Certain mental health problems, like depression and disturbances -- such as hallucinations, delusions, and paranoia -- are possible complications of Parkinson's disease and/or its treatment. But, for most people with Parkinson's disease, depression and mental disturbances can be controlled.
What Is Depression?
Depression is a mood disorder caused by a chemical imbalance in the brain. The term "mood" refers to an emotional state that affects how a person thinks or acts. With depression, a person experiences great sadness. Serotonin, a chemical in the brain, has been associated with depression.
Depression is common in patients with Parkinson's disease. Often, the depression begins years before any of the other symptoms of Parkinson's disease appear.
What Are the Signs of Depression?
Depression can actually increase the physical effects of Parkinson's disease and possibly cause a progression of the disease. If you experience any of the following symptoms for longer than two weeks at a time, you should contact your doctor.
- Depressed mood
- An inability to find pleasure in things that were once pleasurable
- Sleep disturbances (inability to sleep or sleeping excessively)
- Change in appetite
- Altered level of activity
- Difficulty with concentration
- Low self-esteem
- Thoughts of death
How Is Depression in Parkinson's Disease Treated?
In Parkinson's disease, depression may be treated with psychological therapy, as well as with medications. People seem to do better when they receive both psychological and drug treatments.
There are many antidepressant medications available, each with their own advantages and disadvantages. The choice of antidepressant for patients with Parkinson's disease depends on their overall condition and specific needs. Most people with Parkinson's disease should not take amoxipine (Ascendin) because this medication could temporarily worsen the Parkinson's disease symptoms.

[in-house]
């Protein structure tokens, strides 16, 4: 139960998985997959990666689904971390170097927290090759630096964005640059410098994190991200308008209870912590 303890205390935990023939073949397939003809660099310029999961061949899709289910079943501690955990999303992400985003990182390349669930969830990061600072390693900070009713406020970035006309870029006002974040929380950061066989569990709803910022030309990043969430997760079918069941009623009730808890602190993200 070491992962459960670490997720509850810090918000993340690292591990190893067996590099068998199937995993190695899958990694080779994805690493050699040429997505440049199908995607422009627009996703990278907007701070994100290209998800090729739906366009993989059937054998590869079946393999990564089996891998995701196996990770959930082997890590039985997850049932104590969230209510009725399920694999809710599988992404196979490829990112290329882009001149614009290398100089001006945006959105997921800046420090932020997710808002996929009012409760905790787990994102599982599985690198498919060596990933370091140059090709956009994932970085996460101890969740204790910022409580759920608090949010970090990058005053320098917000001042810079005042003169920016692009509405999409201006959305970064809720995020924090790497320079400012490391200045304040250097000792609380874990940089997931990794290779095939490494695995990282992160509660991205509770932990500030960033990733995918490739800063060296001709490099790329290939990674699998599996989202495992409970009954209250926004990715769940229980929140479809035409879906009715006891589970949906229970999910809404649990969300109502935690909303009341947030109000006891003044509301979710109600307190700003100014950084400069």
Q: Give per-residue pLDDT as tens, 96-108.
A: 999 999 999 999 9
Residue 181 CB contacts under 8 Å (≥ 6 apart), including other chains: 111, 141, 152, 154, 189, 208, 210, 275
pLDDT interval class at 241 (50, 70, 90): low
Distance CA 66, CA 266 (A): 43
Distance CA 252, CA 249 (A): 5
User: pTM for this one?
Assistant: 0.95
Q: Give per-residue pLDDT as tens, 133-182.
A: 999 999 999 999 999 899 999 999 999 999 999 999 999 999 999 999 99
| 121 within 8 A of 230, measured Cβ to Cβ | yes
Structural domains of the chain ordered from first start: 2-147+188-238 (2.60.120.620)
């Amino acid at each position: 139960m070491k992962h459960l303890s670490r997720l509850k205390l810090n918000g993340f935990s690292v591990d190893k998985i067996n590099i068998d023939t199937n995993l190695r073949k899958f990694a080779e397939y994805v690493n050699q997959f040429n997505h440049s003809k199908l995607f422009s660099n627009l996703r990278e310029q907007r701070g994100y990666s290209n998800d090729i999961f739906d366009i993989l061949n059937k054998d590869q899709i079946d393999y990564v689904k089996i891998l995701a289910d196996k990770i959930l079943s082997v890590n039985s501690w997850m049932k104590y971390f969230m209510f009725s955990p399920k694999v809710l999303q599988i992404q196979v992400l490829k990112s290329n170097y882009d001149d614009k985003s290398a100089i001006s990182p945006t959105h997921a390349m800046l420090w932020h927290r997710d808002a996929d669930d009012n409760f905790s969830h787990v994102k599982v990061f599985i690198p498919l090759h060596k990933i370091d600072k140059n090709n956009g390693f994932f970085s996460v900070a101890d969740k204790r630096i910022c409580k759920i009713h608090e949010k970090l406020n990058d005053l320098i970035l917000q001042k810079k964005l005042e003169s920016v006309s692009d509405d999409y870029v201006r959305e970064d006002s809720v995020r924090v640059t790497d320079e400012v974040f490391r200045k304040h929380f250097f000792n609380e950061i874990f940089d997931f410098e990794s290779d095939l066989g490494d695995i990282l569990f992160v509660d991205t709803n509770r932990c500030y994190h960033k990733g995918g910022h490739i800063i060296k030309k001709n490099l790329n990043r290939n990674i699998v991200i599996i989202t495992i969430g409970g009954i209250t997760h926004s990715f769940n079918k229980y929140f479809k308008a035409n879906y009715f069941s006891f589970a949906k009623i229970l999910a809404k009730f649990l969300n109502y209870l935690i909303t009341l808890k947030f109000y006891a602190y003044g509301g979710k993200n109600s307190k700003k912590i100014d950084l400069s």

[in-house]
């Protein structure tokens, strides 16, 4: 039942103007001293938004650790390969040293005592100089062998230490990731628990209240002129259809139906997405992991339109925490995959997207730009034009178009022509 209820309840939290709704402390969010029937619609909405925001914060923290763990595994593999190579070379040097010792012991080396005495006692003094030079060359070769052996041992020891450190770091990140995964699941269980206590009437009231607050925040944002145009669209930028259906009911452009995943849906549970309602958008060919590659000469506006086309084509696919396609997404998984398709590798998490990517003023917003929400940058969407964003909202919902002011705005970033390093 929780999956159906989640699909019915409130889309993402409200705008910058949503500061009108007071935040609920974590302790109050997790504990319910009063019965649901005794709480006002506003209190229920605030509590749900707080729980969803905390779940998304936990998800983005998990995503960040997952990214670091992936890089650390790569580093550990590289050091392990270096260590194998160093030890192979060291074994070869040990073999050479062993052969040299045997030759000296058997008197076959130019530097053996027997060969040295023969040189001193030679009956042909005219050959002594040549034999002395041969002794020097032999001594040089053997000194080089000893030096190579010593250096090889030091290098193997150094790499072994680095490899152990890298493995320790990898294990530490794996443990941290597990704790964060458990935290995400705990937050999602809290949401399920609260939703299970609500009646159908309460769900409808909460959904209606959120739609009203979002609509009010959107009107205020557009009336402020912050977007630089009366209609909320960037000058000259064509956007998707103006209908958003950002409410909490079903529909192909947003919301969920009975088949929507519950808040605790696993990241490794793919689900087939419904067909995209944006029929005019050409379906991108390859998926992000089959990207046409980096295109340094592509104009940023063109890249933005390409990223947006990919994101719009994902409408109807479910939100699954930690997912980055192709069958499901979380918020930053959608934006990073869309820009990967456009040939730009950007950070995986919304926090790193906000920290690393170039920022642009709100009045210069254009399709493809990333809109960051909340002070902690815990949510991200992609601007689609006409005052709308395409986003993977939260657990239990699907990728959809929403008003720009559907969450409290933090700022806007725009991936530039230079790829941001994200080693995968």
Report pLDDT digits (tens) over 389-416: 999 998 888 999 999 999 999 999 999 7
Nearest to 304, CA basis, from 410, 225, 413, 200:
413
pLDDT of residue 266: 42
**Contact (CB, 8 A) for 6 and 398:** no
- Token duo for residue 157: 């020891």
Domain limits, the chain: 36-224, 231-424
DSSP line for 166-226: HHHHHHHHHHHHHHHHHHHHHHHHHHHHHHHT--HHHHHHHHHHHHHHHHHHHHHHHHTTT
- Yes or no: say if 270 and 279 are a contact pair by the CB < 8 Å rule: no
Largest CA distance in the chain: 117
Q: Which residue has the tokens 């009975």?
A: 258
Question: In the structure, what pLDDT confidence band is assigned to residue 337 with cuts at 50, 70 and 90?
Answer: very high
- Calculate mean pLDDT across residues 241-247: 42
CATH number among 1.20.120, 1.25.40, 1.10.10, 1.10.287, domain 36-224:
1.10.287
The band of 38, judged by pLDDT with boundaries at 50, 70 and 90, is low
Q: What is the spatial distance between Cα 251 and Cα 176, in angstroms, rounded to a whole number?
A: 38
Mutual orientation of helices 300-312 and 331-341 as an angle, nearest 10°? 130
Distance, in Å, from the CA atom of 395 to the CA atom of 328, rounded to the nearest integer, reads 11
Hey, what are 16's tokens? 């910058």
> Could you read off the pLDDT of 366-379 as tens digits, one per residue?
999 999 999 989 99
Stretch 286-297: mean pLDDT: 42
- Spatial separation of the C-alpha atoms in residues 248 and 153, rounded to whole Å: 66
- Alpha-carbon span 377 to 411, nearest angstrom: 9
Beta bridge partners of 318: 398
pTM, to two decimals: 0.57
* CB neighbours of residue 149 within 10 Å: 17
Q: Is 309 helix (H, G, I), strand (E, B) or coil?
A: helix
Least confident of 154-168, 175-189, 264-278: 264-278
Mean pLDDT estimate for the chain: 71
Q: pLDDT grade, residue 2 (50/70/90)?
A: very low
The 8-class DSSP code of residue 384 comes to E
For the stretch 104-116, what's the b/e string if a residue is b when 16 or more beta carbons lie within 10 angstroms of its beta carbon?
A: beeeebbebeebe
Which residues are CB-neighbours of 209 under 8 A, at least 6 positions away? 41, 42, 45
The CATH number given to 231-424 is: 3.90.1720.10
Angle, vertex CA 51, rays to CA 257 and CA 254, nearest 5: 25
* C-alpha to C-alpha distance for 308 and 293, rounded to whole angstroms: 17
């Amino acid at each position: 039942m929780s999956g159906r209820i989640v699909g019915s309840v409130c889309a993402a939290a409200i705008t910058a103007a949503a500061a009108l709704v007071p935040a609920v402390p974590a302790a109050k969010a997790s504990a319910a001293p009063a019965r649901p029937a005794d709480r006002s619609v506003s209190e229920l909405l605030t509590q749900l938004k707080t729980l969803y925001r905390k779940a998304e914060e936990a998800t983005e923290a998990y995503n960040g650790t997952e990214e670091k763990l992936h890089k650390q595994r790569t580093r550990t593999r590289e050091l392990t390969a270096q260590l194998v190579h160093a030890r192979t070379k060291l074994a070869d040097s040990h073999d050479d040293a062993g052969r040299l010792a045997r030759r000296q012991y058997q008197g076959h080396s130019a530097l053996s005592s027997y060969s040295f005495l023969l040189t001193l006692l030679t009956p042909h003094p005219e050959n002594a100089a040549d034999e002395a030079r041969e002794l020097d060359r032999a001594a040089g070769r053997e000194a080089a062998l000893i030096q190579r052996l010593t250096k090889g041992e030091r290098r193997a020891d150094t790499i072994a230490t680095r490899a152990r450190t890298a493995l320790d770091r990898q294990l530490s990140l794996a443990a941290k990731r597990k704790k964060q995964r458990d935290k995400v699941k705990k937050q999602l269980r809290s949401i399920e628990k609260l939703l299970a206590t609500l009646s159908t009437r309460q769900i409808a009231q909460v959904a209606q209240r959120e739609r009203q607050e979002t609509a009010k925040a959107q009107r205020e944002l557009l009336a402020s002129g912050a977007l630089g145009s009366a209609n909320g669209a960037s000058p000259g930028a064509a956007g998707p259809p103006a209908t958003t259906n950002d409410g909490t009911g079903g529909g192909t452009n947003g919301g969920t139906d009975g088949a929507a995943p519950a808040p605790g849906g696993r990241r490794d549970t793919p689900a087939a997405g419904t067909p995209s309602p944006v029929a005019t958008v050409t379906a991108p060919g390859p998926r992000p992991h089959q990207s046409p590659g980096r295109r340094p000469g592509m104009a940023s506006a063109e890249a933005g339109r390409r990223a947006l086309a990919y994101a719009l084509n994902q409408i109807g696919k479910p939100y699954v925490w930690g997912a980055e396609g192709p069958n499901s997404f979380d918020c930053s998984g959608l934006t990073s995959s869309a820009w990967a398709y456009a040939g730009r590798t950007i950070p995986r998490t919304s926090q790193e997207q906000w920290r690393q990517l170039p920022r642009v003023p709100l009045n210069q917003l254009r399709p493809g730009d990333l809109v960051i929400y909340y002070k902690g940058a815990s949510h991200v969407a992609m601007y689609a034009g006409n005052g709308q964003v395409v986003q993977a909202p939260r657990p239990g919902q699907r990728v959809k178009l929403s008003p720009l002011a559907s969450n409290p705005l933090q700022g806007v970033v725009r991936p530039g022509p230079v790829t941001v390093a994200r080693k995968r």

Psychological therapy can help a patient with Parkinson's disease re-establish a sense of self-worth in the face of declining functional abilities. It also can help the person maintain good relationships with caregivers and family members, despite increasing dependency.
What Other Mental Health Issues Are Associated With Parkinson's Disease?
Hallucinations, paranoia, and delusions are all possible side effects of Parkinson's disease treatments. A hallucination occurs when you think something is present when it isn't. For example, you may hear a voice but no one is there. An example of paranoia is when you think someone is following you when they are not. Delusion is when you are convinced something is true, despite clear evidence proving that it is not.
How Are These Mental Disturbances Treated?
The first step is to address any other medical conditions that could produce hallucinations, delusions, or paranoia. Your doctor will check for imbalances in the chemicals of the blood that help control water levels in the body and help with transmitting nerve impulses. He or she may also check your kidney, liver, or lung function, as well as screen for certain infections since these problems could cause mental disturbances. Other medications that you may be using, including over-the-counter drugs, could also be responsible for these disturbances. Be sure to tell your doctor about all medications, including herbal therapies, that you are taking.
Many times, the medications used to treat Parkinson's disease can cause these mental disturbances. Switching to different Parkinson's disease medication can sometimes control these disturbances.
Some people may not be able to tolerate changes in their Parkinson's disease medications without increasing their symptoms. In these cases, it may be necessary to treat the mental disturbances with anti-psychotic medicines. However, there is a risk that traditional anti-psychotic medicines can worsen Parkinson's disease. Fortunately, there are other alternatives. The medication pimavanserin (Nuplazid) was approved specifically to treat the psychosis associated with Parkinson’s disease. Other medications such as Zyprexa, Seroquel, and Clozaril can effectively control hallucinations at low doses without worsening Parkinson's disease symptoms. Clozaril is the least likely to worsen Parkinson's symptoms; but, unfortunately, there is a small chance (about 2%) that your white blood cell (cells that fight infection) count will drop. For this reason, your doctor will likely perform frequent blood tests to make sure your white blood cells stay at a certain level.
If you are feeling depressed or experiencing any of the mentioned mental disturbances, talk to your doctor right away. There is likely a remedy that will make you feel better.